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Pythagorean cup (wikipedia.org)
109 points by heeton on June 1, 2014 | hide | past | favorite | 41 comments



Beautiful. This has a modern application. When fed with a slow trickle of water, it will empty itself periodically, and formed the basis of automatic-flush urinals before the electronic valves became commonplace.


Doesn't a flush require that water be added fast enough to eliminate all the air from the bend? Otherwise, water will just trickle out at the same rate it trickles in.


Yes, it has to do that. The bend may have to be narrow enough for surface tension to have an effect.

I found this nice web page, the Virtual Lavatory:

http://www.users.waitrose.com/~ttagrevatt/vlav/works_cistern...


Interesting, but goofy in spots:

Why did Britain evolve such a complex mechanism when this pattern seems so simple? Water economy: these valves can leak and can be kept permanently open, allowing precious gallons to be wasted.

I've never been to Britain, but my impression is that it's not a particularly dry place. Why would "water economy" be so much more important there than in e.g. Israel or California? Perhaps toilet technology is as path-dependent as any other evolutionary process?


Just curious: I understand why titles might be reset to the raw title found on the page, but in this case it's just made the headline less useful.

I added a tiny bit of context when posting - to explain to people why this might be interesting to them. "Pythagorean 'greedy' cup - empties entirely if filled too much".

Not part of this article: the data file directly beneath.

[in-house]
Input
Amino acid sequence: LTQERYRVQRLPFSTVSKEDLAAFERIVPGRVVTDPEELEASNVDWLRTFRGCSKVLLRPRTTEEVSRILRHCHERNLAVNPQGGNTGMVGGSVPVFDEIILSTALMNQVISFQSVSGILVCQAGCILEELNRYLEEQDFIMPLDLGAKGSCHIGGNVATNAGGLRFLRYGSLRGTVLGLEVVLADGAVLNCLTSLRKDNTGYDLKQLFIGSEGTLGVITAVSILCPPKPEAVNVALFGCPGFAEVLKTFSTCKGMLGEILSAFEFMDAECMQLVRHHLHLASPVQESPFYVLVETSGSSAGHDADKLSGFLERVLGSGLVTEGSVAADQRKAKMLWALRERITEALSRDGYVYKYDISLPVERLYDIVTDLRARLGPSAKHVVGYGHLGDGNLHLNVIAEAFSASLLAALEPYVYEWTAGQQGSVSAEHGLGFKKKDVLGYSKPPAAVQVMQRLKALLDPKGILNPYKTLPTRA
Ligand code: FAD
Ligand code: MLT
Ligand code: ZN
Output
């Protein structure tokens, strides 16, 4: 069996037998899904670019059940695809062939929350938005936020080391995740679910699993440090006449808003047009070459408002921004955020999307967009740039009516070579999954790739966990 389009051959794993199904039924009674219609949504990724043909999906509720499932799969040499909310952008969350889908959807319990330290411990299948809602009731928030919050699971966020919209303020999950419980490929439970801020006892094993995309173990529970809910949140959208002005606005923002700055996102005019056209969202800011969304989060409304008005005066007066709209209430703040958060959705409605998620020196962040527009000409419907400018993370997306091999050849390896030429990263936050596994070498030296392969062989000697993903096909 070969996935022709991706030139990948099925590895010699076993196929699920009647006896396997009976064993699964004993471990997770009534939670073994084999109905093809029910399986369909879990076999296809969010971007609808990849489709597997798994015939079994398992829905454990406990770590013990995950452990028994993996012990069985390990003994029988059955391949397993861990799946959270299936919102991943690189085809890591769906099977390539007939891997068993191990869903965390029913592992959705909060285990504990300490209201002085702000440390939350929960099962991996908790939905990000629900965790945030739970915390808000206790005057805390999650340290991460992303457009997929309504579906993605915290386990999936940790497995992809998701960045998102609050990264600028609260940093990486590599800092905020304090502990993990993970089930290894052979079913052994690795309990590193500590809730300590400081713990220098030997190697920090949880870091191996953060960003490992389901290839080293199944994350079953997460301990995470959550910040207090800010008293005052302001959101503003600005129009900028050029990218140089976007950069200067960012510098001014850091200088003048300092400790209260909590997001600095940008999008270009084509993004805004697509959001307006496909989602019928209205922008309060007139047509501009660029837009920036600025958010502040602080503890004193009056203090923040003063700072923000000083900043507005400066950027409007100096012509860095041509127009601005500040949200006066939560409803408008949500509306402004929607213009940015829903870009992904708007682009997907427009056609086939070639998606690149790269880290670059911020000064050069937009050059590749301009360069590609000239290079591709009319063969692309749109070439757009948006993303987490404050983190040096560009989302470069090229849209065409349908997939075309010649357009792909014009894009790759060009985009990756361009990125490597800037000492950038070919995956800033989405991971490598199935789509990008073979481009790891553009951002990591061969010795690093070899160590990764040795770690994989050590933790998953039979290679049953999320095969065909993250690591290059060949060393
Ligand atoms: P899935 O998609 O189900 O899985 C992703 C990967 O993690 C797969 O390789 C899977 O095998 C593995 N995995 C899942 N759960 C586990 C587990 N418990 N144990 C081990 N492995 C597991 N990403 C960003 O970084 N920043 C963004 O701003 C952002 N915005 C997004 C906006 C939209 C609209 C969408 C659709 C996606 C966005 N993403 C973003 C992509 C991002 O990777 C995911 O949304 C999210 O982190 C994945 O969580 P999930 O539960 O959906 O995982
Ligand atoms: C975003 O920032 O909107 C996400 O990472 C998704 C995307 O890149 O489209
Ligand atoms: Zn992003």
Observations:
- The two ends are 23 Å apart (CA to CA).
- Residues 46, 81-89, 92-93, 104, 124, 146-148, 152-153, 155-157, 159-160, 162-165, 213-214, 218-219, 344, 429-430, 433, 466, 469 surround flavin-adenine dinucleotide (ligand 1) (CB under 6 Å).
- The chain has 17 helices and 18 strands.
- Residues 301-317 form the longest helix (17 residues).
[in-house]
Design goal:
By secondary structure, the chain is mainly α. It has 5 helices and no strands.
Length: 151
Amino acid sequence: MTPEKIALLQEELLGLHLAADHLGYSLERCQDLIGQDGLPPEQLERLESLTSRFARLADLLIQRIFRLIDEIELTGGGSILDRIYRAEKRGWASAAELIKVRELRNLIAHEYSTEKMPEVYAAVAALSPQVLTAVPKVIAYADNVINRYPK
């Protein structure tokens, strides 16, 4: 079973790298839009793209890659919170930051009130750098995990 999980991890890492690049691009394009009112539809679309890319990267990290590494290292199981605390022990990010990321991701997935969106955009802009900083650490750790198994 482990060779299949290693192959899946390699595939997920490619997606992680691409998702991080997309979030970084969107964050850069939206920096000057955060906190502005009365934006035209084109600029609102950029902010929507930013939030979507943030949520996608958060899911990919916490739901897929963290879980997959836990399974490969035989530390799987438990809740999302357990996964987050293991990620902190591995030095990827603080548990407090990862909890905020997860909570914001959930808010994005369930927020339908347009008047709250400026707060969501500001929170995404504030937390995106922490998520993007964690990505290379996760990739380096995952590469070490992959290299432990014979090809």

What's the purpose of reducing that to just the raw wikipedia title?


Your added context worked for me. I saw your original title but did not have time to read an article, but your title interested me enough that I noted to myself to come back and read it later.

I would have skipped it under the current title.


Thanks, I thought as much. I certainly noticed that it got a lot of votes - title changed - and it started to get much fewer upvotes, indicating that less people bothered to read it.


I was the same. I saw the full title in the morning and thought it looked interesting enought to read later. When I came back the title had changed and I wouldn't have clicked through had I not seen the explanation in the original title.

Glad I did, too, because it's such a clever "gadget"!


Hypothesis: It's more 'smartass' without the context. More obscure, etc.


My first thought was, wow, they could have had computers based on sets of these connected in different ways, as logic circuits. As I recall from the Stephenson version, Turing and co. were using something similar in the analog days.


Yup it's definitely possible http://en.wikipedia.org/wiki/Fluidics


Clever, but isn't there some danger that if you tipped it the wrong way when drinking out of it, even before the "gluttony" level, that you'd start up the siphon action, causing it to empty out onto the floor? At the very least you can imagine you'd get a bit of wine trapped in the curve, which would then drip out of the hole at the bottom.


I don't think so, because the column is in the middle; as long as the tube in the middle is narrow, whichever way you tilt it the height in the centre will be the same as it was at the start and nothing comes out. I guess if you tilt it past horizontal to drink out of while the cup's more than half full then you have a problem - but that sounds more like a feature than a bug.


Yes, upon seeing this I immediately wanted a 'trick' cup that did this but had this, umm, feature more hidden by placing it in the side of the cup not the middle. But then an unsuspecting, but non-greedy, user may spill the entire cup just by sipping out of the wrong side! The central column should make it quite safe in comparison.


Even I got the same Question in Mind.

Answer to this question can be found by only two ways (I feel So) either by using the cup or asking someone who has used it.